A reflection for the first week of Advent: Hope
‘Being hopeful is a choice.’
Where we live there is a regular meeting of the local ordained and lay ministers. It’s ecumenical: crossing the denominational lines from the free church charismatic to the Roman Catholic, the Anglican to the Baptist, the Methodist to the United Reformed. It’s not just meeting for meeting’s sake: we work together and worship together. Be it Carols at Five on this coming Saturday or the Annual Week for Christian Unity next month. And even the yearly Blessing of the Boats.
‘Being hopeful is a choice’ was an observation by one minister at last month’s meeting. It reminded me of how, over the years, I have become more and more aware that we all make choices. Some are more unconscious than conscious perhaps, and faced with particular circumstances some will reply quite understandably, ‘But I have no choice, Richard.’
That said, we probably have more choices than we realise. For example, I have a choice as to whether or not to feel irritated by the behaviour of another person (or Daisy the Vicarage Dog for that matter)… in other words, I could choose not to feel irritated.
We have a choice as to whether we turn a blind eye to unacceptable behaviour by others at work, home or church. We have a choice about whether or not we continue to have that dispute or argument with another person. (And how many such disagreements have continued for years simply because no one made the choice for it to be different.) We have a choice as to how we respond to illness or other life-changing occurrences.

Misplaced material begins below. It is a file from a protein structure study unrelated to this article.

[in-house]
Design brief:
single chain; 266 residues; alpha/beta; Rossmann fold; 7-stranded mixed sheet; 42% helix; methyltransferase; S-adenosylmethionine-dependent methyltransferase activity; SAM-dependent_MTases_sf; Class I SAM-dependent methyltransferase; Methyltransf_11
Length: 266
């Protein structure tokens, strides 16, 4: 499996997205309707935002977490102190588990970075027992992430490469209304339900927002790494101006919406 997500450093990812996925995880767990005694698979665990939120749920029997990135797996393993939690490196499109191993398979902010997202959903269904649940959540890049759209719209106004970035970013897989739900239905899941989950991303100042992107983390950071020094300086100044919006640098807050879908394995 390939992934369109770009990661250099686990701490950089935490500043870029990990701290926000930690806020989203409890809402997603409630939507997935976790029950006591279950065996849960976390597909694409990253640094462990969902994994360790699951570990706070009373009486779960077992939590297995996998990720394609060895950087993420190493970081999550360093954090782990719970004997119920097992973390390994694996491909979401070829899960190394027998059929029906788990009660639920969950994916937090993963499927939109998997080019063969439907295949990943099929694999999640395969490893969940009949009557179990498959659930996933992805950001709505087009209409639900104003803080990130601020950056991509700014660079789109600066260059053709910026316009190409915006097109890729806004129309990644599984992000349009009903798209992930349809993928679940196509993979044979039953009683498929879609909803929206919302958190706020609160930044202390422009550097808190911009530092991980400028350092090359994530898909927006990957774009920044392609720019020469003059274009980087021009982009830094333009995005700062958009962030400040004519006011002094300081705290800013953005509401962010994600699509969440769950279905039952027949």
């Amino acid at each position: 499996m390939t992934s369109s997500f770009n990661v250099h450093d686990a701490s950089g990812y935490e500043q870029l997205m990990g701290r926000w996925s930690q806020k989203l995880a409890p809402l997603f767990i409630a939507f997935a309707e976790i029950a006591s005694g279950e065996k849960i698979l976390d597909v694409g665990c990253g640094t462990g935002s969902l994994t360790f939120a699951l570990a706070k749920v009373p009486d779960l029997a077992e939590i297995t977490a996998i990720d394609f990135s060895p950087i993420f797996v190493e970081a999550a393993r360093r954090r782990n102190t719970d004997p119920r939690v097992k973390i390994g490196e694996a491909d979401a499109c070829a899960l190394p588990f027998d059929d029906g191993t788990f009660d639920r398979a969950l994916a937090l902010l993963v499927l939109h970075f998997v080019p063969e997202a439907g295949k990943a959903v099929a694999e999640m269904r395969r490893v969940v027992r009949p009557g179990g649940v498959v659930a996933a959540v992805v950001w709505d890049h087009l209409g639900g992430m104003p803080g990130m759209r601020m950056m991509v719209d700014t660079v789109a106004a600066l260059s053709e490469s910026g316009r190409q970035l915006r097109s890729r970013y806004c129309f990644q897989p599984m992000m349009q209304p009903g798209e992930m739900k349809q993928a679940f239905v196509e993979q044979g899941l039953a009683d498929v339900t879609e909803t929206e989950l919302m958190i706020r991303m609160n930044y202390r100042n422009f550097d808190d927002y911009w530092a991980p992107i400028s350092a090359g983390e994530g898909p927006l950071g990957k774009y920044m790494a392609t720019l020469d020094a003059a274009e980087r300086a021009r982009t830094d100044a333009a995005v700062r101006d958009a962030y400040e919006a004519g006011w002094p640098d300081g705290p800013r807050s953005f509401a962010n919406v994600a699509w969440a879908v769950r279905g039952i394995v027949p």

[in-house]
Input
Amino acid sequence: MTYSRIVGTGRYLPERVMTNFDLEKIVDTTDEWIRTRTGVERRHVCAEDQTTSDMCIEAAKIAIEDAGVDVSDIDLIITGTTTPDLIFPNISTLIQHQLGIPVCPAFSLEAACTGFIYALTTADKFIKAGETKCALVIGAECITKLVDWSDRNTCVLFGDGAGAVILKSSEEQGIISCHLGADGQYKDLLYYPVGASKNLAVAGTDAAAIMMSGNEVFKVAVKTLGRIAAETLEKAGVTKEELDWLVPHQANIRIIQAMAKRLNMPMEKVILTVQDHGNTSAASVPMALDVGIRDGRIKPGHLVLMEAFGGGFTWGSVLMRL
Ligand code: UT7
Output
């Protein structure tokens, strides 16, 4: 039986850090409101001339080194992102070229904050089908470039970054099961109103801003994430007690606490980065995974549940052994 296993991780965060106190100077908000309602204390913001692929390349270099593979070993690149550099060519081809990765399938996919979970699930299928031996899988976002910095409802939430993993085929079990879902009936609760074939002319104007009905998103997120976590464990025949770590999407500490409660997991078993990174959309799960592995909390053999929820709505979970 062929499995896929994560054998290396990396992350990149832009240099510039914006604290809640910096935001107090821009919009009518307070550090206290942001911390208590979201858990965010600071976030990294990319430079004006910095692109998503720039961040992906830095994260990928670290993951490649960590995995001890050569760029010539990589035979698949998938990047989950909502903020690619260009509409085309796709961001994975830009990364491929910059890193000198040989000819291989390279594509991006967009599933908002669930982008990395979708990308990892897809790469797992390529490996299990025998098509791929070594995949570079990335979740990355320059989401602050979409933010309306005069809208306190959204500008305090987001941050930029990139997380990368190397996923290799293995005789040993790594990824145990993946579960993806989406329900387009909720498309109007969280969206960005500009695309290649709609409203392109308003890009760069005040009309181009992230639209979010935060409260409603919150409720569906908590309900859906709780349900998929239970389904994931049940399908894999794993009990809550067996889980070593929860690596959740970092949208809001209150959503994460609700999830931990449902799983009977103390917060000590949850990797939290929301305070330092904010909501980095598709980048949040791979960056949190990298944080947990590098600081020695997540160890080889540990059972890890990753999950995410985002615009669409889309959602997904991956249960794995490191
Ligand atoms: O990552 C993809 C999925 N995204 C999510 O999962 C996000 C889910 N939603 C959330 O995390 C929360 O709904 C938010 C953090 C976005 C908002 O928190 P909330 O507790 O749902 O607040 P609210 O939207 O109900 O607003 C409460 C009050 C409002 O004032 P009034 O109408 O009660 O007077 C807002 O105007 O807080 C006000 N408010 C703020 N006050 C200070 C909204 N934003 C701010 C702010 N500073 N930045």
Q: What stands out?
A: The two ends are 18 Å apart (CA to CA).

Of course, and it’s true for all of us that it takes no effort whatsoever to be pessimistic, to be negative, to find fault. To be hope-less. Whereas it takes a lot of effort to be hope-full.
Being hopeful is a choice.
The Old Testament figure of Job is portrayed as someone who was hope-less: stricken by illness, misfortune and the misplaced comfort of other people. So, let’s see what resonates for us today…
‘When I lie down I say, “When shall I rise?”
But the night is long,
and I am full of tossing until dawn…
My days are swifter than a weaver’s shuttle,
and come to their end without hope.’ (Job 4:4,6)
You get the picture – we’ve all been there. Maybe you are now.
But at least Job can say this…
‘For there is hope for a tree, if it is cut down,
that it will sprout again,
and that its shoots will not cease.
Though its root grows old in the earth,
and its stump dies in the ground,
yet at the scent of water it will bud
and put forth branches like a young plant.’ (14:7-9)
Being hopeful is a choice and in this time of Advent, we are to wait in hope.